District Court Rules that “Arriving Aliens” May Not Be Subjected to Prolonged Detention Without a Hearing To Determine Whether Detention Is Justified
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SAN DIEGO — A district court today ruled that the Department of Homeland Security may not detain an immigrant for a prolonged period without proving that detention is justified in an individualized hearing. It is the first ruling to find that immigrants classified as “arriving aliens” – a large group encompassing all individuals stopped at the border, including asylum seekers – are entitled to fair hearing protections against arbitrary detention. DHS had argued that it has sole discretion to decide whether to detain or release an “arriving alien” and that the law does not require detention hearings.
The San Diego ACLU brought a habeas petition on behalf of Glorismel Centeno Ortiz in August 2011 after he had languished in immigration detention for three years. The government had held Centeno without a hearing to determine whether his detention was justified by classifying him as an “arriving alien,” a category that can apply even to individuals who have lived in the United States for decades with legal status. The government relies on Cold War-era rulings to justify its position that “arriving aliens” like Mr. Centeno have no due process rights to physical liberty.
Mr. Centeno, an asylum seeker who has lived in the United States since he was 11 years old was released from custody shortly after the ACLU filed the habeas petition. The government then argued that the habeas petition was moot.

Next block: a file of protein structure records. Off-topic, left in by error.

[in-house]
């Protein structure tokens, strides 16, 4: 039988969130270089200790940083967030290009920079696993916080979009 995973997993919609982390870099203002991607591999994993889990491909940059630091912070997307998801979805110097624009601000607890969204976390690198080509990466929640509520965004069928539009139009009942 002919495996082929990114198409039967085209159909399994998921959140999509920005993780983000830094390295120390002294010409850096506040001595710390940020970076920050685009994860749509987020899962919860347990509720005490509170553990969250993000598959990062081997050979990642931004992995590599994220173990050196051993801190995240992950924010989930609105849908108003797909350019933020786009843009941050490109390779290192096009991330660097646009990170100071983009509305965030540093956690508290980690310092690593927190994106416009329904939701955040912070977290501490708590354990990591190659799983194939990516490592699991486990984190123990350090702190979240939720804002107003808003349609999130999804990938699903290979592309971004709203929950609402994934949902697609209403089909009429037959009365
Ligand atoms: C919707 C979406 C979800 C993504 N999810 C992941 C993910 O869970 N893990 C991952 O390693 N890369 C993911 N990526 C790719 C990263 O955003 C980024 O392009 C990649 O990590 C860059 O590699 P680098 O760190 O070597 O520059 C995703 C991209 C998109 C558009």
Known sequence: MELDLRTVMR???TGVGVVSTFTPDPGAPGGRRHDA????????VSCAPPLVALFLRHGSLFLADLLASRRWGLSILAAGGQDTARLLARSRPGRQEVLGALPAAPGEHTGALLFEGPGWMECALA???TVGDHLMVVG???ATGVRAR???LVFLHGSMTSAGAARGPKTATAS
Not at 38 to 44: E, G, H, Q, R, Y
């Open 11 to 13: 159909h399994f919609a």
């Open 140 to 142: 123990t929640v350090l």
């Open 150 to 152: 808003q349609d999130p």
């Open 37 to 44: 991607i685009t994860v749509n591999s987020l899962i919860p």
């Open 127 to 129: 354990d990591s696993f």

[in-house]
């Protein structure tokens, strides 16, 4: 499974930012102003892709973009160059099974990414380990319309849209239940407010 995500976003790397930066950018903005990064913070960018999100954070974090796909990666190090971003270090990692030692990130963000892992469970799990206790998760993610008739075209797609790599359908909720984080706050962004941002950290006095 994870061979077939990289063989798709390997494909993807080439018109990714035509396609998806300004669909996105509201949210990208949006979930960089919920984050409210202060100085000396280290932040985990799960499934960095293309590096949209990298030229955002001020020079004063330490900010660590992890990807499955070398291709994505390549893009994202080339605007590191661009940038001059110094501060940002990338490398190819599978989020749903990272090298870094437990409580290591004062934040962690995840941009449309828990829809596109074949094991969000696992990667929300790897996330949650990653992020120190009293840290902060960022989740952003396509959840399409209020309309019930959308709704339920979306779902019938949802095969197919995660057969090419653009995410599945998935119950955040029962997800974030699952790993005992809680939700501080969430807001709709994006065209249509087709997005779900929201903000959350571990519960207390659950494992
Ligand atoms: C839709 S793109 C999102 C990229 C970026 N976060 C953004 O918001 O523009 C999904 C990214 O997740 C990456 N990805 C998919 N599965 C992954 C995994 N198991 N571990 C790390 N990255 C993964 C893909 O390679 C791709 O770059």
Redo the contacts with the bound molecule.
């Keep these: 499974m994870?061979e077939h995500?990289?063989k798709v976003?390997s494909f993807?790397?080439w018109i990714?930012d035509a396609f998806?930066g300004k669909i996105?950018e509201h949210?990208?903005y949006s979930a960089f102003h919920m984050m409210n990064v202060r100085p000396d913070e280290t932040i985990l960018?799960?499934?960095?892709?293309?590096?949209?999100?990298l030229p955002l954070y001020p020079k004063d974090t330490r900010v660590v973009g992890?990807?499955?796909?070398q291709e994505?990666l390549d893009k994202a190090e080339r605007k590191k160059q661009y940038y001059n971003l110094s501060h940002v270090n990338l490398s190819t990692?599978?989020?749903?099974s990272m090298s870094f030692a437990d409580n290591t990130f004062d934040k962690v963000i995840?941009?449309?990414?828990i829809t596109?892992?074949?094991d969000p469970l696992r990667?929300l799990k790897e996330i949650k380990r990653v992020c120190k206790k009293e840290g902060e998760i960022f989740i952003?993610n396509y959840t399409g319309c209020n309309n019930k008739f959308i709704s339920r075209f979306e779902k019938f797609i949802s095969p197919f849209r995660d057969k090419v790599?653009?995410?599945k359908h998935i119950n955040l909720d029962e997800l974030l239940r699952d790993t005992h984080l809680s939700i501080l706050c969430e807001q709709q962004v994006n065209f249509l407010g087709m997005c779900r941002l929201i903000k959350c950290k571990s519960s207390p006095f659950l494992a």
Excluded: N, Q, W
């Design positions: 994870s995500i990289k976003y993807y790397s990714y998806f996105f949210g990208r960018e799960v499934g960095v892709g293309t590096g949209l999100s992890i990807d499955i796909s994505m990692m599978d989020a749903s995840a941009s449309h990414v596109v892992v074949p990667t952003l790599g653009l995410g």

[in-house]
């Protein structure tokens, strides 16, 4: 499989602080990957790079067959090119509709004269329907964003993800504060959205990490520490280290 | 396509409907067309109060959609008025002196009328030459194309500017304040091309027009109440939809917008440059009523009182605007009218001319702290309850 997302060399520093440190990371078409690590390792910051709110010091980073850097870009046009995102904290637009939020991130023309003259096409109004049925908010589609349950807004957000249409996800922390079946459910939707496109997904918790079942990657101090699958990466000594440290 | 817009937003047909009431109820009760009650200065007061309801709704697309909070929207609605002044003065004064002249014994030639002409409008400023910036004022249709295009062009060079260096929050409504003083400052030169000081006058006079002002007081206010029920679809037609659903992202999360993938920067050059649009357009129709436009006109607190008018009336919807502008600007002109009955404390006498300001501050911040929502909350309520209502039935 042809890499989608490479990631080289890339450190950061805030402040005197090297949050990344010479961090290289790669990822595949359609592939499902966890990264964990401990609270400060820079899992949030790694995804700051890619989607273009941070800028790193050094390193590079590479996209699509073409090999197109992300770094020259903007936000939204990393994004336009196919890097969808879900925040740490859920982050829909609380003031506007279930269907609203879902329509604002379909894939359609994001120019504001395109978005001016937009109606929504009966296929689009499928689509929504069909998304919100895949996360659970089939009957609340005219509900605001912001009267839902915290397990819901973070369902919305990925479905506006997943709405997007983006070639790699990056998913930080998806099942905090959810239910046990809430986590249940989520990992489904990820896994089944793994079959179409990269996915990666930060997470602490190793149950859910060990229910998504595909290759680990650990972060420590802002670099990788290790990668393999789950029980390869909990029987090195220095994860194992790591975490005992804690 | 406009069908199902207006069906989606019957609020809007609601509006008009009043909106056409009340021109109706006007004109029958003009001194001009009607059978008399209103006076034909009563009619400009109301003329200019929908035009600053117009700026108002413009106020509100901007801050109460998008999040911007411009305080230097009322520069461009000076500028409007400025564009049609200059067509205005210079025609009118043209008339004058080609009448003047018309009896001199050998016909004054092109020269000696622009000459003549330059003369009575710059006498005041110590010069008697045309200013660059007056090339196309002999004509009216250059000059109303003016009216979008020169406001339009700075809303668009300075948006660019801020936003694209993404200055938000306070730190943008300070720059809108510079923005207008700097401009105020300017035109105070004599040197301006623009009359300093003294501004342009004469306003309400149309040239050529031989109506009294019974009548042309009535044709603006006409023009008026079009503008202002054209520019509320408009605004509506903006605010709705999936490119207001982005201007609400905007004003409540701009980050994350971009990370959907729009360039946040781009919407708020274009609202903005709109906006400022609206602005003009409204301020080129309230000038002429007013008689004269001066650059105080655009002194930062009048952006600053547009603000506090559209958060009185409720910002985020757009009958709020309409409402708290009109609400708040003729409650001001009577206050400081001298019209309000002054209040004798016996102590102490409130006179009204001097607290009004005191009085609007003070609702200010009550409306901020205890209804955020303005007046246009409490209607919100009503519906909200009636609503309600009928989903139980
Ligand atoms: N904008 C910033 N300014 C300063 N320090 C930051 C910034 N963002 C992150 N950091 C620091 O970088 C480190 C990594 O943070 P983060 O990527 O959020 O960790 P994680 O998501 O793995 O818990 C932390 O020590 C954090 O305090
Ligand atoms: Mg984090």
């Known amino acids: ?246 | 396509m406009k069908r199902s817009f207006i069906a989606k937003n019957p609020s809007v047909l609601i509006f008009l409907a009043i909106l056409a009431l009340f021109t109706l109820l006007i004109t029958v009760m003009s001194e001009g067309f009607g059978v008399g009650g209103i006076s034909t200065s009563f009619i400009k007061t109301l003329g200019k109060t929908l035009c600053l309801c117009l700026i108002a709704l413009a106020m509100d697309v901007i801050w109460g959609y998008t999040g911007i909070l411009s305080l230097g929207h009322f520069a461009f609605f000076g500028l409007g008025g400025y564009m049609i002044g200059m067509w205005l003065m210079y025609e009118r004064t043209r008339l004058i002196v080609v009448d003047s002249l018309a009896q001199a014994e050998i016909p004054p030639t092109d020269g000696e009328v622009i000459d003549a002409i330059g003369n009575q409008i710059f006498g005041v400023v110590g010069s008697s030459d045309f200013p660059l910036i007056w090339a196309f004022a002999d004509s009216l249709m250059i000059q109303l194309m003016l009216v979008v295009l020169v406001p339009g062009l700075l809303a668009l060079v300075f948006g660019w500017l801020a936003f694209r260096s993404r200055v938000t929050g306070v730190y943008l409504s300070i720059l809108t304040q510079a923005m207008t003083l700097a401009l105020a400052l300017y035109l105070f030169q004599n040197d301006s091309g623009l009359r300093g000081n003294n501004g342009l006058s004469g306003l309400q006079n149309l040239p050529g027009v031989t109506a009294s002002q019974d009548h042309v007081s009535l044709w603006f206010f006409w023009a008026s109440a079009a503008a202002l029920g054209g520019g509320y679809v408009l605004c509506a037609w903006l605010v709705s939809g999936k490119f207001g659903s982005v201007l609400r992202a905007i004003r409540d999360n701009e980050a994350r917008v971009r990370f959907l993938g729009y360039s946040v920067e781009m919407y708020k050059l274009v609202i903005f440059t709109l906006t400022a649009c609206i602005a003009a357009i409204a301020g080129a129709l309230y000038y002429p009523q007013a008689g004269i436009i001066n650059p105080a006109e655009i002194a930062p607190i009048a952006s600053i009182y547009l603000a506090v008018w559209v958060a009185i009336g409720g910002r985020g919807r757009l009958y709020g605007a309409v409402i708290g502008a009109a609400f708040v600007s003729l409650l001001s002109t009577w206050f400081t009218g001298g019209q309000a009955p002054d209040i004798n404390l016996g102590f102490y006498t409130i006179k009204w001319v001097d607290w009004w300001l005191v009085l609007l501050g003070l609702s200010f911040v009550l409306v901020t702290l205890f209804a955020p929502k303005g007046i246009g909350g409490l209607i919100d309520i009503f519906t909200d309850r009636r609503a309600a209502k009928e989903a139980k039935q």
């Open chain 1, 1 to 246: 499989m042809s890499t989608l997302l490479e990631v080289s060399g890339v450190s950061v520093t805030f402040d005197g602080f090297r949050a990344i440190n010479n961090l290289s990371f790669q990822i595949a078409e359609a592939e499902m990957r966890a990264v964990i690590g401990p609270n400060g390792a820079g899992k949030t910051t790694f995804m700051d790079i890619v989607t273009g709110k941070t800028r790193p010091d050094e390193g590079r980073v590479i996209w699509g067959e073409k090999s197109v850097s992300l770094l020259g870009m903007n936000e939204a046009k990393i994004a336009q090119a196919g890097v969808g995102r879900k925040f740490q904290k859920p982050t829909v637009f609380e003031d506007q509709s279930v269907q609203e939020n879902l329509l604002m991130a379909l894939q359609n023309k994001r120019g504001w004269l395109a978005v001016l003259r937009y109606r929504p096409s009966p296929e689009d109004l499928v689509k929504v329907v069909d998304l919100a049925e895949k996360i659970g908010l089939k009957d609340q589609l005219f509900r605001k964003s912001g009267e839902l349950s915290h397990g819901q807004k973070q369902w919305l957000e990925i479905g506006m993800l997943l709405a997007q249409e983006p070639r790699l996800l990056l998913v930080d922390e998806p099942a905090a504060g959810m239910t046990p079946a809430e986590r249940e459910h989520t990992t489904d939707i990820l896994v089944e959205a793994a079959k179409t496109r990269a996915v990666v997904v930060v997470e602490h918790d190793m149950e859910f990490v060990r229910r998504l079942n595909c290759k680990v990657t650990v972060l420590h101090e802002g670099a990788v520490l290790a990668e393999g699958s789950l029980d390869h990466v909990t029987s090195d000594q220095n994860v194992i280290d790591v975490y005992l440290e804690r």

Today’s ruling by Chief Judge Irma Gonzalez of the U.S. District Court for the Southern District of California rejected both the government’s mootness argument and its position that arriving aliens could be detained without so much as an individualized hearing to determine whether their detention is justified.
“Under the court’s ruling, asylum seekers who are fleeing persecution and torture in their home lands should finally receive a fair hearing to determine whether their detention serves any purpose,” said Sean Riordan, staff attorney of the San Diego ACLU. “For too long the government has withheld this kind of minimal due process protection to those who need it most.”
Centeno was brought to Los Angeles by his mother, who was fleeing the violence of the Salvadoran civil war, in which her brother was killed by guerillas. As a teenager, Centeno became entangled with gangs and was convicted of armed robbery and deported to El Salvador, even though his petition for asylum was still pending. Fearing for his life Centeno returned to Los Angeles and obtained counseling from Homies Unidos, an organization that helps young people leave gangs.
Since his return to the United Sates, Centeno has dedicated his life to helping other young men leave the life of gangs. He has lead camping trips and given talks at schools, all the while working as a dishwasher, car mechanic, air conditioning repairman and raising his son. According to a senior staff member at Homies Unidos, Centeno is “one of our most reliable and committed volunteers.”
In 2007, Centeno went to Tijuana to enjoy a night out with friends. When he returned to the border, he was immediately arrested and charged with criminal illegal reentry after deportation. In July 2008, a judge dismissed criminal charges against Centeno, but he remained in detention several more years, until his release in September.